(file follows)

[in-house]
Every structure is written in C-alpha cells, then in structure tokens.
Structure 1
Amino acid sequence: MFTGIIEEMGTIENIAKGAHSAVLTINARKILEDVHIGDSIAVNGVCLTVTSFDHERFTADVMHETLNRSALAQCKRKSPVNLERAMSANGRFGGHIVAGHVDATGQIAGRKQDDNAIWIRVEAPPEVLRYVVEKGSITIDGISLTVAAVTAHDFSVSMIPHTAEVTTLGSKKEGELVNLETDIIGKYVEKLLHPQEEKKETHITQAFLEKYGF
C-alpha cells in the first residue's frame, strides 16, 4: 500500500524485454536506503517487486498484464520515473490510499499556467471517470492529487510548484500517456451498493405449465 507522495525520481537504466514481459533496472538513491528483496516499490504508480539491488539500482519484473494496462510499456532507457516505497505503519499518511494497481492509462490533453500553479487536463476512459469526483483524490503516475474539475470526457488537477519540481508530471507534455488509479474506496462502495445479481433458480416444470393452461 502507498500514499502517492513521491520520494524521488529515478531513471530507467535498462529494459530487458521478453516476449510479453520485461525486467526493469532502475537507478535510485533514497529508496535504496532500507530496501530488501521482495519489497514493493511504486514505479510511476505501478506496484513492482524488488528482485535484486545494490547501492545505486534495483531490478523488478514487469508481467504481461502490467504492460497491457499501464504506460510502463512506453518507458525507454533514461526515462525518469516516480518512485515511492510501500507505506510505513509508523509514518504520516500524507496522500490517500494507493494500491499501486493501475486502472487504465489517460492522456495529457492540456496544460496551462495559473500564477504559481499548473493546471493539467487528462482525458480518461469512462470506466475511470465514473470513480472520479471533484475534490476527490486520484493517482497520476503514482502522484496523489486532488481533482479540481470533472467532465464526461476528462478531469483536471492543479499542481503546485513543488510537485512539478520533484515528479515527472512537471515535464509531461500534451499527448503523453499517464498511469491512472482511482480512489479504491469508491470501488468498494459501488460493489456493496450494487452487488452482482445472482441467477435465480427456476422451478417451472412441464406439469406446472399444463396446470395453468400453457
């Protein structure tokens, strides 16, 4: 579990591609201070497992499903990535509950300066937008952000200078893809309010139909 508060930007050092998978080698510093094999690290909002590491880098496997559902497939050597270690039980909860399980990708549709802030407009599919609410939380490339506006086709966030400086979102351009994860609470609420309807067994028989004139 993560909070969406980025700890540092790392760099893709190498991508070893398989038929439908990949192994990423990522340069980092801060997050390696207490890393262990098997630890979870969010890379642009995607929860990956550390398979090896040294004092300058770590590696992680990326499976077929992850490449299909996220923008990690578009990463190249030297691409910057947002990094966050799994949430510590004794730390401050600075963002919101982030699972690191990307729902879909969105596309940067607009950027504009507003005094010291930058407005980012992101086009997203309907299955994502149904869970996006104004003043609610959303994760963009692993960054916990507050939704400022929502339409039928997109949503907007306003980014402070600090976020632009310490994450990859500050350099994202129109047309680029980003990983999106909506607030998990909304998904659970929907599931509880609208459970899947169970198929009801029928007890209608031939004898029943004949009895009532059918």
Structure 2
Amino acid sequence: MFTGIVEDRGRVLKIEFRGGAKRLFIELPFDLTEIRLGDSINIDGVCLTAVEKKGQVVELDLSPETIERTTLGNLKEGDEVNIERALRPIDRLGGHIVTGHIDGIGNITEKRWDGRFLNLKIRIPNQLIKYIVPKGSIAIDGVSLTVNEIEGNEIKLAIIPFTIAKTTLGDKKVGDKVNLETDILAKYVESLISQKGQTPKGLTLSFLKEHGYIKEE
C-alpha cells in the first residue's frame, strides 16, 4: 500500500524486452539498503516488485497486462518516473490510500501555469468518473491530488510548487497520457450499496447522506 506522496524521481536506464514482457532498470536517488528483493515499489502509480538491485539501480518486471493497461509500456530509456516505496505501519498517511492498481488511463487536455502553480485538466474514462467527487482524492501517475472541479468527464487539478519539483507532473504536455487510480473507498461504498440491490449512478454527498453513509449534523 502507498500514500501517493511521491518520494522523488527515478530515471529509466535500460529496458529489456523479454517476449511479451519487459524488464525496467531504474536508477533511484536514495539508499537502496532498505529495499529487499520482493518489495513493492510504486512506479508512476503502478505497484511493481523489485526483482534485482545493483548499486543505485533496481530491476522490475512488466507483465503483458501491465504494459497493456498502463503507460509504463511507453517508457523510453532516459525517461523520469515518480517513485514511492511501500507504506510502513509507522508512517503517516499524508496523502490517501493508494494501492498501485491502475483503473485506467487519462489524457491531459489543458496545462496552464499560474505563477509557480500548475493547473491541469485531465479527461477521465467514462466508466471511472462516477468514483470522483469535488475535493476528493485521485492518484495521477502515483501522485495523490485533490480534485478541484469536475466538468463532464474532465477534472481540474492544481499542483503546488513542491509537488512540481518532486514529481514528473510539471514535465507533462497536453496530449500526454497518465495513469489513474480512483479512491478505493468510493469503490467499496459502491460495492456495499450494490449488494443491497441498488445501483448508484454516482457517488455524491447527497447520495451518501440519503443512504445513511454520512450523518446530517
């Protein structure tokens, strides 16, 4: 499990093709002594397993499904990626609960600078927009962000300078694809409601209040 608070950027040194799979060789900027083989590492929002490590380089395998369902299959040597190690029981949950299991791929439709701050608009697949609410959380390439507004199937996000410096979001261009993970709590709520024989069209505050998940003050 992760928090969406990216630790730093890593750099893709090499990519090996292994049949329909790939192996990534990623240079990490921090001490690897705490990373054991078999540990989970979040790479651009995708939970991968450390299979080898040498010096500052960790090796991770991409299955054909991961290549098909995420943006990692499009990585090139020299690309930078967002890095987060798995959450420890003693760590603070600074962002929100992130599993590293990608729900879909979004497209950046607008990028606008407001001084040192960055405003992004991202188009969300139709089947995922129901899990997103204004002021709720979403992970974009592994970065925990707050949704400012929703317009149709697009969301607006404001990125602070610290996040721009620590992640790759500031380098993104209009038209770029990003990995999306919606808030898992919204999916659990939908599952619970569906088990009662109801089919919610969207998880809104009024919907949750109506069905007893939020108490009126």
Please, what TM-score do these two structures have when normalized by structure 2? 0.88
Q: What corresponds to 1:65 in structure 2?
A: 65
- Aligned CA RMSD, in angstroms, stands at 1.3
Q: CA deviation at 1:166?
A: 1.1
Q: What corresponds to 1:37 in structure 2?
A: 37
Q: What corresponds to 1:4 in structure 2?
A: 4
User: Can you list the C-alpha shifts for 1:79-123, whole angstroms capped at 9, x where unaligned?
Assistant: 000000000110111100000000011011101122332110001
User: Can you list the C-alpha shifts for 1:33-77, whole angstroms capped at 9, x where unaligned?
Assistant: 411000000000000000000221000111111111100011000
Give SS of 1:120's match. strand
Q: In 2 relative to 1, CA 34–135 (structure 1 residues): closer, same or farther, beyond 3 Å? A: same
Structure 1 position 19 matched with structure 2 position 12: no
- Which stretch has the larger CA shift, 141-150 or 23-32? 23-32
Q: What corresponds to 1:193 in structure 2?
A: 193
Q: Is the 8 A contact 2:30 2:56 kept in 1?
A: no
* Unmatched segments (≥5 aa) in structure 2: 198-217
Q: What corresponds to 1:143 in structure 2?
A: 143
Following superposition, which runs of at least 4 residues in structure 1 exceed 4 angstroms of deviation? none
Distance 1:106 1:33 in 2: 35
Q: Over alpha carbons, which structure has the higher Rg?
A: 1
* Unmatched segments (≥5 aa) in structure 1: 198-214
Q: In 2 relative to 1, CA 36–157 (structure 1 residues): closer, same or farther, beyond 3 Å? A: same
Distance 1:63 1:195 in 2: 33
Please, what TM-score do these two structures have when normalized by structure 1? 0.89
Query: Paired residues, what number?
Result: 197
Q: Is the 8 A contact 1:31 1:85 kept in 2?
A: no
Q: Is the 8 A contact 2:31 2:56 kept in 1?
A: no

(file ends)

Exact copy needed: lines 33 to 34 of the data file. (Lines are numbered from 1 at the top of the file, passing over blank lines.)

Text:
* Unmatched segments (≥5 aa) in structure 2: 198-217
Q: What corresponds to 1:143 in structure 2?